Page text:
Guest post by Adrian Beaumont, who joins us from time to time to provide commentary on elections internationally. Adrian is an honorary associate at The University of Melbourne. His work on electoral matters for The Conversation can be found here, and his own website is here.
On March 18, House of Commons Speaker John Bercow announced that he would not allow a third vote on Theresa May’s Brexit deal without substantial changes, citing a rule dating back to 1604 that says that the Commons cannot re-consider something in its current session once it has been decided. A session is normally one year, but the current session is two years, expiring in June 2019.
While Bercow’s intervention was dramatic, there is a fairly simple workaround. A “paving motion” could be used to state that the Commons wants another vote on the deal. If there were a majority for the paving motion, there would be another vote on the deal. May’s problem is not Bercow, it is that she does not have a majority for her deal. May would have hoped that the Democratic Unionist Party and hard Conservative Leavers would fall in line under the threat of a long extension to Brexit, but this has not occurred in sufficient numbers to change the result of the 149-vote loss at the March 12 division on May’s deal.
On March 21-22, the European leaders’ summit will be held. It had been suggested that May would ask for a short extension, conditional on passing her deal by mid-April, when the UK will need to commit to holding European parliamentary elections from May 23-26. If May cannot pass her deal by mid-April, a long extension would be required.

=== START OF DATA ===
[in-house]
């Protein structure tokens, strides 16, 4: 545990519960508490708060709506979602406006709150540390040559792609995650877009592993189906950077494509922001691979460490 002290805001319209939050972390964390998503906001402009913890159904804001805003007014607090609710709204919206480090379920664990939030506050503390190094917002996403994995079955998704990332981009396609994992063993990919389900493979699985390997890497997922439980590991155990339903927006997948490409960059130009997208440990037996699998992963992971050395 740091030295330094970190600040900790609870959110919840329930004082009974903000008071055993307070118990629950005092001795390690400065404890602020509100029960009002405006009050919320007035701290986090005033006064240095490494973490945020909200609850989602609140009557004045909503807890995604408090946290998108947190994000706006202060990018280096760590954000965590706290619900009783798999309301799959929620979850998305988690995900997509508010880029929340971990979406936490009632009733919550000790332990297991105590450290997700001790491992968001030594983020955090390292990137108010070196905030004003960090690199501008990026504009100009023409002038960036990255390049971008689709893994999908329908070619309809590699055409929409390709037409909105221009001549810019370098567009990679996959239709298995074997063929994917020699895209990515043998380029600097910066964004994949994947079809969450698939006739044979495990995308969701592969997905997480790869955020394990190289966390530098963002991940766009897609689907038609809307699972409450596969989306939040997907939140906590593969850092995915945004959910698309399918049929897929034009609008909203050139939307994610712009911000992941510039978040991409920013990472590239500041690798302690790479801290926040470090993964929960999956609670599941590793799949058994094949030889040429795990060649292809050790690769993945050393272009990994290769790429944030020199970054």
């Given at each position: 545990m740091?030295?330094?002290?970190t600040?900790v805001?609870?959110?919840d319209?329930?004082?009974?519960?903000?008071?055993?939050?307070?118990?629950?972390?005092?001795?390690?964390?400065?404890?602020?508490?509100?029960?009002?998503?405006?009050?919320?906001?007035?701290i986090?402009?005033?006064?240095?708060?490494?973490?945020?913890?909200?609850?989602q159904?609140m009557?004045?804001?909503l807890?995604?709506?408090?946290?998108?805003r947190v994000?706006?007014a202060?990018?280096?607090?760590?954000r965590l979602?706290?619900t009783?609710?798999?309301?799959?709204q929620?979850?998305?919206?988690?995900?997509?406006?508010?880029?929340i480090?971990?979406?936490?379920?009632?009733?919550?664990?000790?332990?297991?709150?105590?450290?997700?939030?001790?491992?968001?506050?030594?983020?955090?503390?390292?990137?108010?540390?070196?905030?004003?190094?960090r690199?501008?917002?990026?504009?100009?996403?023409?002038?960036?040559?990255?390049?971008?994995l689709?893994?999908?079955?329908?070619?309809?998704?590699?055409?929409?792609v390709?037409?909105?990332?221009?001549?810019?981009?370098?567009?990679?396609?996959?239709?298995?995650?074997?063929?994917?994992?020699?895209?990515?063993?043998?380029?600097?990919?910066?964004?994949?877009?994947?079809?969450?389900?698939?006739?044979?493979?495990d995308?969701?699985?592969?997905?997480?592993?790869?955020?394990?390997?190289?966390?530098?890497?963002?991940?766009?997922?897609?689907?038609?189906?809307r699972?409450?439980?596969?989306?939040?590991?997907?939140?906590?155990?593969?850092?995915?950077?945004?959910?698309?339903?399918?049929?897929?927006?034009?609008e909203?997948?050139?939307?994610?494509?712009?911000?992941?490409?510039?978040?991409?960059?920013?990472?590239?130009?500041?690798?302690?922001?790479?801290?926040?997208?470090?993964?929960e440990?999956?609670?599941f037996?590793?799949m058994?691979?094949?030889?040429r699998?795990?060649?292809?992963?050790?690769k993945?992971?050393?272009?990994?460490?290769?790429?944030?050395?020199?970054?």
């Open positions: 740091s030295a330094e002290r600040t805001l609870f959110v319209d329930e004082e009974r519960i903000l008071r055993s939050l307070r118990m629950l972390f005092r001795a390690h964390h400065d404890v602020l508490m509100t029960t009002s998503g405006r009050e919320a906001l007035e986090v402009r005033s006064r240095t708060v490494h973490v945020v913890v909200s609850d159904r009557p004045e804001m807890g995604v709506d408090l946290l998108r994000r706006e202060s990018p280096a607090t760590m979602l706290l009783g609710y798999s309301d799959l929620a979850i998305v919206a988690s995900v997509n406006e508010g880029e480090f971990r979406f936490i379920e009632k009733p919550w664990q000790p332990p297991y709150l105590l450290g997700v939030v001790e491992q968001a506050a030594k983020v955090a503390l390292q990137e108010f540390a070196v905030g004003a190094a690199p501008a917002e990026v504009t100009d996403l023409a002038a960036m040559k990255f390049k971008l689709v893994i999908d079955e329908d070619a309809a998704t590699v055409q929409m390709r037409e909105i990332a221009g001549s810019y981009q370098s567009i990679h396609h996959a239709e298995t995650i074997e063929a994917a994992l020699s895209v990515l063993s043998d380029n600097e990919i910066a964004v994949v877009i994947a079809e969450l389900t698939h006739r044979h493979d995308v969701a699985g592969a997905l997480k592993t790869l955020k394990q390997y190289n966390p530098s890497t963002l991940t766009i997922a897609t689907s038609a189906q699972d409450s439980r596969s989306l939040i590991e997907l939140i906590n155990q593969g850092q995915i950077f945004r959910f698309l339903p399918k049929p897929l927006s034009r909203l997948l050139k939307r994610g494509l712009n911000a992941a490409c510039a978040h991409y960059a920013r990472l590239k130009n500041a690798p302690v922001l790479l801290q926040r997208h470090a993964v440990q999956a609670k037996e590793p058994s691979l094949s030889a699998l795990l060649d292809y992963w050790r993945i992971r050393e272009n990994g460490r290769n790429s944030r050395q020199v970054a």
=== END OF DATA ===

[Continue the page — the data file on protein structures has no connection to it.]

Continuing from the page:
Instead of asking for a long delay, on March 20 May asked for a delay only until June 30, regardless of whether her deal is passed. The UK would not participate in the EU elections, so it would cease to be an EU member when the new EU parliament first sits on July 1. However, European Council President Donald Tusk said the EU would only back a short delay if May’s deal passes – a delay needs the unanimous support of all 27 EU nations.
Late on March 20 UK time, May gave a speech in which she said that the public should blame MPs, not her, for any Brexit delay. May has been under pressure from hard Leave Conservative MPs. But by blaming MPs, she makes it more likely that her deal will be rejected again if put to a vote next week. In summary, the events of March 20 make a no-deal Brexit more likely at 11pm March 29 UK time (10am March 30 Australian Eastern Daylight Time).
I think a long Brexit extension would be seen as a far greater betrayal of Leave voters than other options such as a softer Brexit with a customs union. For the last two years, people have been told that March 29 is the day the UK leaves the EU. Many Leave voters will not care very much about the type of Brexit, but they will care a great deal about honouring the March 29 exit date. If the UK took part in European elections, there would be no guarantee of any Brexit.
On March 14, the Commons passed a motion that would extend Brexit. A Survation poll taken March 15 gave Labour a four-point lead over the Conservatives, the first Labour lead in any UK poll since January 30. Two YouGov polls for different clients, both conducted March 14-15, had the Conservatives ahead by two to four points; however, the Conservative vote in both polls was down five since the last YouGov poll in early March. I believe Labour dropped in the polls as they became perceived as an anti-Brexit party. The Conservatives would be likely to suffer greater damage than Labour from such a perception as Leave voters make up a far larger part of their vote.
An overlooked reason for why the Conservative vote has held up well despite Brexit chaos is the economy. On March 19, the November to January jobs report was released. It showed that 76.1% of those aged 16 to 64 had a job, a record high. The unemployment rate was just 3.9% (lowest since 1975), and inflation-adjusted weekly wages grew 1.4% over the year to January. As long as these great jobs figures continue, the Conservatives have a good chance to win the next election despite Brexit. A big question is whether the economy tanks if there is a no-deal Brexit.